1) KNOWS what the policy on tuition reimbursement is
2) can confirm whether or not this policy hinges upon a training budget
3) can tell you what happens in the case where there is no budget but someone wants to take a class.

We cannot answer your question. All we can do is speculate which is what you are doing already. There is an answer - you need to talk to the person who definitively has it.
posted by pinksoftsoap at 10:36 PM on April 26, 2011


Here's my guess.

The manner in which your husband is proposing to do this coursework sounds like to his management a proposal that the course(s) be "for credit" as it were: as part of a management approved/recommended career development effort that should have positive consequences for job performance, compensation, promotion, etc.

A workplace would only need to mildly bureaucratic for management to have to disapprove that. Official training is paid for by the company, and unofficial training can't be "for credit," and therefore it is only right (and kind, for that matter) to discourage someone from going out of pocket for training for which "credit" would be denied. Also, if your husband is non-exempt or there's union or policy-book rules on overtime, than the notion of doing it "on your own time" becomes quite problematic: if it is for the benefit of the job and has any kind of management blessing, it could feel like a unpaid overtime problem.
posted by MattD at 10:57 PM on April 26, 2011


"Skills updating" is not soft skills, maybe it's not clear from the OP's question. It is learning newer versions of the software and stuff that you already know or want to use, but "relevant" is more or less assumed. People rarely start over skills-wise in IT.

His current company is lame. Dude needs to sign up for the class ASAP, take the vacation (if it's a 1wk type class), go to the class, and then find a new job, stat. If he uses his time in the class to network with the other people in the class, he may have another job by the end of it. All IT training-type classes are filled with people from companies who actually pay for the class and pay for them to be there. Regardless, after the class he should get another job. He'll probably get a nice bump in salary, too, especially if he practices negotiating in anticipation. Then he can take a nice big dump on his boss' desk.
posted by rhizome at 11:09 PM on April 26, 2011 [2 favorites]


I think MattD's take on things is probably correct, particularly if your husband works for any kind of government or quasi-government organization.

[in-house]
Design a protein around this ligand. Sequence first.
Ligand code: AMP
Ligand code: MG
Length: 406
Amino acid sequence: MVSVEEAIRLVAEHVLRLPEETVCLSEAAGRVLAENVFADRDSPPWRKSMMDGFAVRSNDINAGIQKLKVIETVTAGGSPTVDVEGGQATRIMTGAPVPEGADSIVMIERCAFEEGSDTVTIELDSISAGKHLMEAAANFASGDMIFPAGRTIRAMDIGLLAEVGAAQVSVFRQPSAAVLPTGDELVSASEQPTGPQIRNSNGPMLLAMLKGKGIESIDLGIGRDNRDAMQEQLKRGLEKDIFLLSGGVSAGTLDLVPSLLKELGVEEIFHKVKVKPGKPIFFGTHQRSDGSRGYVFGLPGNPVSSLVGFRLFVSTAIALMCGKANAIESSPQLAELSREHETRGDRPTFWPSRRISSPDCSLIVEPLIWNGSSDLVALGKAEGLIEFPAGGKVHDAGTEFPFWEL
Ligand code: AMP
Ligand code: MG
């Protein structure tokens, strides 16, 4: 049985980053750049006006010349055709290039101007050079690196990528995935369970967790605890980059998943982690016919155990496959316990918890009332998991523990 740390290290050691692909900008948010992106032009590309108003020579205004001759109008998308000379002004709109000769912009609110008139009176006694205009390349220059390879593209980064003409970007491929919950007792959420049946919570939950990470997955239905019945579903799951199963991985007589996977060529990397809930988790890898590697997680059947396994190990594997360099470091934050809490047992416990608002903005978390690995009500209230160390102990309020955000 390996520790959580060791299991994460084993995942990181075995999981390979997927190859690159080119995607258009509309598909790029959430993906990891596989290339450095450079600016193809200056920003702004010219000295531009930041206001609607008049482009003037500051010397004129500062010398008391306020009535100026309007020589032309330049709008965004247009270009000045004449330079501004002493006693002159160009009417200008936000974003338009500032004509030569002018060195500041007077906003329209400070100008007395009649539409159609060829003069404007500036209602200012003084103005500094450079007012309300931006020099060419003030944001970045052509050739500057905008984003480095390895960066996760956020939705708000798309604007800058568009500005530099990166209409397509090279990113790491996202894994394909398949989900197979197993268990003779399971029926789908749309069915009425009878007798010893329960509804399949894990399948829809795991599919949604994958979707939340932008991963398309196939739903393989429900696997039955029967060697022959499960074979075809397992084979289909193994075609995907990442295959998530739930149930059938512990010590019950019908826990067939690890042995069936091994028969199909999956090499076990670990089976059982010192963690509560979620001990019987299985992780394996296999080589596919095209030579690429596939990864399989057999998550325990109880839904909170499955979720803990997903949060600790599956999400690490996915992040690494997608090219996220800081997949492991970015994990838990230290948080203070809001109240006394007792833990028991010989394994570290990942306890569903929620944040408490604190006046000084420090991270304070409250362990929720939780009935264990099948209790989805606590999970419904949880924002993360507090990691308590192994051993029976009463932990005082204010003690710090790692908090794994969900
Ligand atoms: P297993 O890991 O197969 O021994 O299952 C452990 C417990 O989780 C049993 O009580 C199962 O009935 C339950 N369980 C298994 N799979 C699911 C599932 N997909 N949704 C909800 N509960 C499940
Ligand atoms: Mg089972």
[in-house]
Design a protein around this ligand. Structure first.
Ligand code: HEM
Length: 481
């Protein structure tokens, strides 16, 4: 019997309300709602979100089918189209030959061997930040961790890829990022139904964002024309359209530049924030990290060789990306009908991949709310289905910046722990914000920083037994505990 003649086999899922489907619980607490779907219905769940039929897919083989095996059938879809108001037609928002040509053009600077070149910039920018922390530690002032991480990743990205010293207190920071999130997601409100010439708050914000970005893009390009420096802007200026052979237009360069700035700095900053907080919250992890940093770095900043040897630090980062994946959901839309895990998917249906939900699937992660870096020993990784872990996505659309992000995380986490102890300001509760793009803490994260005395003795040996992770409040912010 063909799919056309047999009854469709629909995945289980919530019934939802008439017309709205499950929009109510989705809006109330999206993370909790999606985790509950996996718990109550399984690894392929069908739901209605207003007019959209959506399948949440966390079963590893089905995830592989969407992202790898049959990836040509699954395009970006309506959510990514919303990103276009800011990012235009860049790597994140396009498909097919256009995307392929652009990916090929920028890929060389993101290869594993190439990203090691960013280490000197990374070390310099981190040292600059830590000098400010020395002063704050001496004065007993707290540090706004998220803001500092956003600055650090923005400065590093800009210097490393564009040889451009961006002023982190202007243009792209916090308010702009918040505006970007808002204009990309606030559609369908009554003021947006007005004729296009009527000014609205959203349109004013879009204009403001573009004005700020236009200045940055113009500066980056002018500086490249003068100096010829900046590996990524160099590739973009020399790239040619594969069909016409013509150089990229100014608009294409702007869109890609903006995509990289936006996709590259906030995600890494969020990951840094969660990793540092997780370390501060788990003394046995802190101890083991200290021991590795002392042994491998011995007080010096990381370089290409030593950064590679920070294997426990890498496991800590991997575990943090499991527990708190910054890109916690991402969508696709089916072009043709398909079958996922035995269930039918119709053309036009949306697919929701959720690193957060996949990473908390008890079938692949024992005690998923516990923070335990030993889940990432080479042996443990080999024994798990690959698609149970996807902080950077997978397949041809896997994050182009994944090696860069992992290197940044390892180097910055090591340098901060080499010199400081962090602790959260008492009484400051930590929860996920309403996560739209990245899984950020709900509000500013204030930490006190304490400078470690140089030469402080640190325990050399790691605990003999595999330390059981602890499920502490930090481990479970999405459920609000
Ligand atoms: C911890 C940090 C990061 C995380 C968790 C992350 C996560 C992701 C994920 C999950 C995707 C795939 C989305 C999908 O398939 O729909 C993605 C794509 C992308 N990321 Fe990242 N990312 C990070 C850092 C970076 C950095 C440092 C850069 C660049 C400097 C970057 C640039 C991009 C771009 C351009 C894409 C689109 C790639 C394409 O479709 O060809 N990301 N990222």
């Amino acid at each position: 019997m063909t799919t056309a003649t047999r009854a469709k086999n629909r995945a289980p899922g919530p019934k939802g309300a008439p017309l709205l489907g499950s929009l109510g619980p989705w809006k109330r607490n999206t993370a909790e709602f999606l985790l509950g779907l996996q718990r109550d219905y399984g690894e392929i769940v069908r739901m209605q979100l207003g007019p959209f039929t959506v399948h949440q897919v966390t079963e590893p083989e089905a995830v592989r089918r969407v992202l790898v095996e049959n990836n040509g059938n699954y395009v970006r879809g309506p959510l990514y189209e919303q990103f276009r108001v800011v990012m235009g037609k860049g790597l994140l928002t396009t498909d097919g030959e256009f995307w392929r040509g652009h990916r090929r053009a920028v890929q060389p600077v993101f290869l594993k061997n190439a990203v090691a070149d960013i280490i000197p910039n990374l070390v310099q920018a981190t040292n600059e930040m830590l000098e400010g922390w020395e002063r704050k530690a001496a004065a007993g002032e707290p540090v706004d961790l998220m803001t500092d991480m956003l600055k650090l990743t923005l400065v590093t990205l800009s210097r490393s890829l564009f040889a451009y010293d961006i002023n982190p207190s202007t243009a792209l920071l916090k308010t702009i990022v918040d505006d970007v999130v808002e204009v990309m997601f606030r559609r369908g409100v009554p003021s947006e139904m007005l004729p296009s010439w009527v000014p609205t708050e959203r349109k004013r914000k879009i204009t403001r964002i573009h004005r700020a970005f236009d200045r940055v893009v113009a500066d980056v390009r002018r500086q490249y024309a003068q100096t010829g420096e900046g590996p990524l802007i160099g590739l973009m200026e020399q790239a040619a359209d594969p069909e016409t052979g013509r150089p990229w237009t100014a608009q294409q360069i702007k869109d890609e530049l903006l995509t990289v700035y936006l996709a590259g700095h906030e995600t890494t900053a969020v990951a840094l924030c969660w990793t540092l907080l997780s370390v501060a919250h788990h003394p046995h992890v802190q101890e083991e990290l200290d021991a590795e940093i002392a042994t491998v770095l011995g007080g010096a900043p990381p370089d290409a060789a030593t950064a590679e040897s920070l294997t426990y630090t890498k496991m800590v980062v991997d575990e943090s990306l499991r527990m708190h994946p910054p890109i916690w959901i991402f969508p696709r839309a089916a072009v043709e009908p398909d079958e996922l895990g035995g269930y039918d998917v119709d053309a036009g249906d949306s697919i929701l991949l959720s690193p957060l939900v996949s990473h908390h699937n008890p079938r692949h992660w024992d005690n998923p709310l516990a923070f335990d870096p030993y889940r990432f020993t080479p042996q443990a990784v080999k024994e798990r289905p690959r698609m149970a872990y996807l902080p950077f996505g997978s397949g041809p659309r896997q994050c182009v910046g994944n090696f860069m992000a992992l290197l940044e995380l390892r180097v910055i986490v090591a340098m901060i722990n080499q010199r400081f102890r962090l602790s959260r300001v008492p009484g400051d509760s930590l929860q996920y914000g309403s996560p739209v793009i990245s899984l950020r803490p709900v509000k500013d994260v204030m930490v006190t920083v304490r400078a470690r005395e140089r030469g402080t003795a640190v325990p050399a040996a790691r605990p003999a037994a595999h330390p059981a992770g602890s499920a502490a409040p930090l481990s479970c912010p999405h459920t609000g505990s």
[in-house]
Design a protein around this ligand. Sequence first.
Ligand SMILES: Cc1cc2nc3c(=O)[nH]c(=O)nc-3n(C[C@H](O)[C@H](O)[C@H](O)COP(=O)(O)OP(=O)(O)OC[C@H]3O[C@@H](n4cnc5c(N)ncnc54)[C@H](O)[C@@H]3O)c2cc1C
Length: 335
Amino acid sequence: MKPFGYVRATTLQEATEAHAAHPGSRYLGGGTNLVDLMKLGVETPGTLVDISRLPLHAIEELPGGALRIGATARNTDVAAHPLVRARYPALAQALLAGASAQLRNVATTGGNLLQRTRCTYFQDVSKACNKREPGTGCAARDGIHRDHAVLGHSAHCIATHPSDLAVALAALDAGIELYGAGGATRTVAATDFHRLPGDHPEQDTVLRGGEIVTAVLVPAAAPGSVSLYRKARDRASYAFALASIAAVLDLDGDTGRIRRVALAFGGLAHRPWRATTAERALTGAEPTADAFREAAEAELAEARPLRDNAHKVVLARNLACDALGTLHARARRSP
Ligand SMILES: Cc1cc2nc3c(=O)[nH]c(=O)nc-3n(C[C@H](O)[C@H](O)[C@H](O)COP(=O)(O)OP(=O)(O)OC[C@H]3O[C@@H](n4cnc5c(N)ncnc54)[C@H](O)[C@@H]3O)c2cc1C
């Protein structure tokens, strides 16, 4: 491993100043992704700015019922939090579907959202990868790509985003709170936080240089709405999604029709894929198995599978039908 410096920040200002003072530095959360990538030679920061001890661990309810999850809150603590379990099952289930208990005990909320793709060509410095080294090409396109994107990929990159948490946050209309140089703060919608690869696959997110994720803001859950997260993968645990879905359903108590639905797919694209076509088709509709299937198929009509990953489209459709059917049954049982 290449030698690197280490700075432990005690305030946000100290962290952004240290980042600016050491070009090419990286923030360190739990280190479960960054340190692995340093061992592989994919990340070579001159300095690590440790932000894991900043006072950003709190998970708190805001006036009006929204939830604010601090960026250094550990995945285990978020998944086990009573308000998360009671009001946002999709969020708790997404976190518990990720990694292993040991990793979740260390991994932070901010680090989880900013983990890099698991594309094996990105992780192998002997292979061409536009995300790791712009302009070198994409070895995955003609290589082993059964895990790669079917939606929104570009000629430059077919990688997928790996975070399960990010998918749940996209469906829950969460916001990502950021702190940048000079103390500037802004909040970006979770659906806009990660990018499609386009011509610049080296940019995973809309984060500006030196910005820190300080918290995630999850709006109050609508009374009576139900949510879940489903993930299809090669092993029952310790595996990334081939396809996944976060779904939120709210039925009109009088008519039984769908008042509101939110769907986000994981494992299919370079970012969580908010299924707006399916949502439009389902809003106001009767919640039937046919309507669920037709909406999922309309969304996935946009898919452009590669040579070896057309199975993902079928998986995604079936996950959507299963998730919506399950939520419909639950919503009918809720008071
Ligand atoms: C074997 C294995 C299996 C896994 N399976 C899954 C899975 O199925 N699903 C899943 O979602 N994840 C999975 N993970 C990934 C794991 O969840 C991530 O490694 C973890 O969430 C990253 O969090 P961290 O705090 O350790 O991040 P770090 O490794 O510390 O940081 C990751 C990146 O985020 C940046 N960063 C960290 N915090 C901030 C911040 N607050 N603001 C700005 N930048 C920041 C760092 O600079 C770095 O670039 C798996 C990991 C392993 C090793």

This sounds a lot like the way my agency is currently operating. The official policy is to encourage training and to pay for it. However there is no money currently available. They don't want it to seem as though they are pushing the burden for training on to the employee, because that violates policy, so they have to officially take the position to discourage doing training on one's own dime and time.

What I wound up doing in my case was saying that I was very grateful for the policy of encouraging training and paying for it. I was most most appreciative of the policy, indeed! However, because I want this training now I told them I was going to take the class myself on my own dime. I told them I would request vacation time for the class if they would not authorize me to take it officially, but I was going to take it anyway for personal growth. They dithered/discussed behind the scenes with HR and ultimately did give me official time off to take the class in one instance, even when I paid for it myself. For another class I did use my own vacation time as well as my own money.
posted by gudrun at 11:17 PM on April 26, 2011


Management may see the "skills updating" he seeks as something not necessary for his current or future position(s) within the firm, and therefore finds his current skills, plus full work hours, worth more than advanced (but moot) skills with reduced hours while he studies.

Whether they're right or wrong about the value of the training doesn't really matter: if the employer's belief is that the training benefits the employee but not the firm, it's quite understandable that the employer might not endorse or support that training with money and/or time off.

(The cost/risk of disincenting the employee from remaining with the firm is probably also a calculation here. Of course, if they feel his value is maximized already, that fits with the theory above, too.)

Either way, there's no morality requirement here. It could be a straightforward business disagreement on the costs-vs-benefits of the training in question.
posted by rokusan at 12:52 AM on April 27, 2011 [1 favorite]


It sounds much, much more likely that both statements are exactly correct than that they're "playing head games": The firm pays for employee training, AND they're out of training money. With the economic downturn, they're not the only ones. And depending on how large the organization is and how it works, it may be that one person approves courses but someone else controls payment and the two are not communicating.